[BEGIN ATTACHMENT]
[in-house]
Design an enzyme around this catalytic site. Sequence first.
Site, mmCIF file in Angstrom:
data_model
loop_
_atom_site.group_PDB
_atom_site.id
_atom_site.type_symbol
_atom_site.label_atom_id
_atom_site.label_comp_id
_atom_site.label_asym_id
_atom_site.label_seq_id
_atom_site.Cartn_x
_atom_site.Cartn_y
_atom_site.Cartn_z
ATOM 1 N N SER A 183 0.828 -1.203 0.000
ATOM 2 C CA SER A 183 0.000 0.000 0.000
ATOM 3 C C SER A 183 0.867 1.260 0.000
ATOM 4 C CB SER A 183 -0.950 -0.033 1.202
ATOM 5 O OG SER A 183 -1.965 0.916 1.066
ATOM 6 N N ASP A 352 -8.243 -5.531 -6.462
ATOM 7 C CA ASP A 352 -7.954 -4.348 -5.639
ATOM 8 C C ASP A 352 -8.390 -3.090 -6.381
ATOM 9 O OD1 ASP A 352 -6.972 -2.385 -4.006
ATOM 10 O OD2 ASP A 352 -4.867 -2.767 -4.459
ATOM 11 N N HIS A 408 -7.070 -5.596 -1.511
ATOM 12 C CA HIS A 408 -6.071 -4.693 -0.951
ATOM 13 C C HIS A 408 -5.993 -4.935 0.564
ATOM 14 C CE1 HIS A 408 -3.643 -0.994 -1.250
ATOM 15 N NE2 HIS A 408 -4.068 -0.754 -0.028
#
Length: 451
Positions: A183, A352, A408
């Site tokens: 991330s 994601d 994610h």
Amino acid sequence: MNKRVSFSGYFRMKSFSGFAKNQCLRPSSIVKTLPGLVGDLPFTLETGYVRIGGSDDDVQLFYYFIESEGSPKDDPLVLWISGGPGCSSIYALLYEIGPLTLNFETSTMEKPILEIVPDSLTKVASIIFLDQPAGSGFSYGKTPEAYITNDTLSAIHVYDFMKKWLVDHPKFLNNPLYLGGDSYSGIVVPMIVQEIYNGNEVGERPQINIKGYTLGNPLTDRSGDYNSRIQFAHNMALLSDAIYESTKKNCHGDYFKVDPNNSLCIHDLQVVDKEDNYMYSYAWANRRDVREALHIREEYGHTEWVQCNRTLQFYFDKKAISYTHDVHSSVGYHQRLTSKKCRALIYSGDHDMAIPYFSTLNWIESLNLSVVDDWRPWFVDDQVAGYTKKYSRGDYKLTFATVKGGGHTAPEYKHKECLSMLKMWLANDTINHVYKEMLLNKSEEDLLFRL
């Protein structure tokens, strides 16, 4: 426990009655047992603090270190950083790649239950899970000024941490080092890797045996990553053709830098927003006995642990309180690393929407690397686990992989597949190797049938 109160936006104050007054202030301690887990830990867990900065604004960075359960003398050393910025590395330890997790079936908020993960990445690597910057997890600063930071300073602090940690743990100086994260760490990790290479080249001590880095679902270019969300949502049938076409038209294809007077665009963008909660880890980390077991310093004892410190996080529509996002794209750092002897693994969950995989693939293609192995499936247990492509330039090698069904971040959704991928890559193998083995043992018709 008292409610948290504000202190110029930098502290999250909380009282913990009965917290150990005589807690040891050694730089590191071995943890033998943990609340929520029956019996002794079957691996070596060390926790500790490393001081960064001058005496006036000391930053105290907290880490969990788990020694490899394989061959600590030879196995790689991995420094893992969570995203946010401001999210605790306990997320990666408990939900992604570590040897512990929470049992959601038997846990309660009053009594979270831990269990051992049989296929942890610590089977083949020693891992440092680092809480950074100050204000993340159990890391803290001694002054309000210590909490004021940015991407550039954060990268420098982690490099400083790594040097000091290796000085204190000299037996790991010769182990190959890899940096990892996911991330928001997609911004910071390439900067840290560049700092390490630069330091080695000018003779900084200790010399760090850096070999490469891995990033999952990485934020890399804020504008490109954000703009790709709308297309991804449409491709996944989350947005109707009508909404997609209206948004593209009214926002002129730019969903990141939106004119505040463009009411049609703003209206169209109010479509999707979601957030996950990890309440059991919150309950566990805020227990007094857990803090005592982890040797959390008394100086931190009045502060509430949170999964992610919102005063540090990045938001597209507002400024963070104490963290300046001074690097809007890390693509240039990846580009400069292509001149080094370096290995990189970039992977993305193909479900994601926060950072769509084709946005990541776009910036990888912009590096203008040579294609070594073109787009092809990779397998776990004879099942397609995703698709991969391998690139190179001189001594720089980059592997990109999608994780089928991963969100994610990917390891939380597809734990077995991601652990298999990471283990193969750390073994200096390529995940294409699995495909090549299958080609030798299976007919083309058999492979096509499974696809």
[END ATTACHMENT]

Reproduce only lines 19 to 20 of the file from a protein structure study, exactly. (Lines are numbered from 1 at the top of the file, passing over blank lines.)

ATOM 4 C CB SER A 183 -0.950 -0.033 1.202
ATOM 5 O OG SER A 183 -1.965 0.916 1.066